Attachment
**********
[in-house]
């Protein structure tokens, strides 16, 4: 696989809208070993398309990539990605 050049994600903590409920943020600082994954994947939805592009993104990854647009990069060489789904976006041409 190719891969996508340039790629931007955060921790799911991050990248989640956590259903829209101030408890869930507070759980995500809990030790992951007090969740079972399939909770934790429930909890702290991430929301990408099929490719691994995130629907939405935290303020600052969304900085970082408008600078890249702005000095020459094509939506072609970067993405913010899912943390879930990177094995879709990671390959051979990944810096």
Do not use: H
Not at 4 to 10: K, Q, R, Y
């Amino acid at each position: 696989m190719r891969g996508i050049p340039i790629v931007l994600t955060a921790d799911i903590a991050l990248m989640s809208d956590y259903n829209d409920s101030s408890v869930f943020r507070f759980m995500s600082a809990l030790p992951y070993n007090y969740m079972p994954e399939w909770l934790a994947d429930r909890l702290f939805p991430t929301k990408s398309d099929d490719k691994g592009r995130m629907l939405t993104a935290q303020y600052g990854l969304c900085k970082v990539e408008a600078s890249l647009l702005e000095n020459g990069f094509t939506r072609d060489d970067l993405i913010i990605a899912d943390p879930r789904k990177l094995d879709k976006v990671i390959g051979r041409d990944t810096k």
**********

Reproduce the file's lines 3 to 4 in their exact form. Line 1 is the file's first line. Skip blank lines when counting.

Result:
Do not use: H
Not at 4 to 10: K, Q, R, Y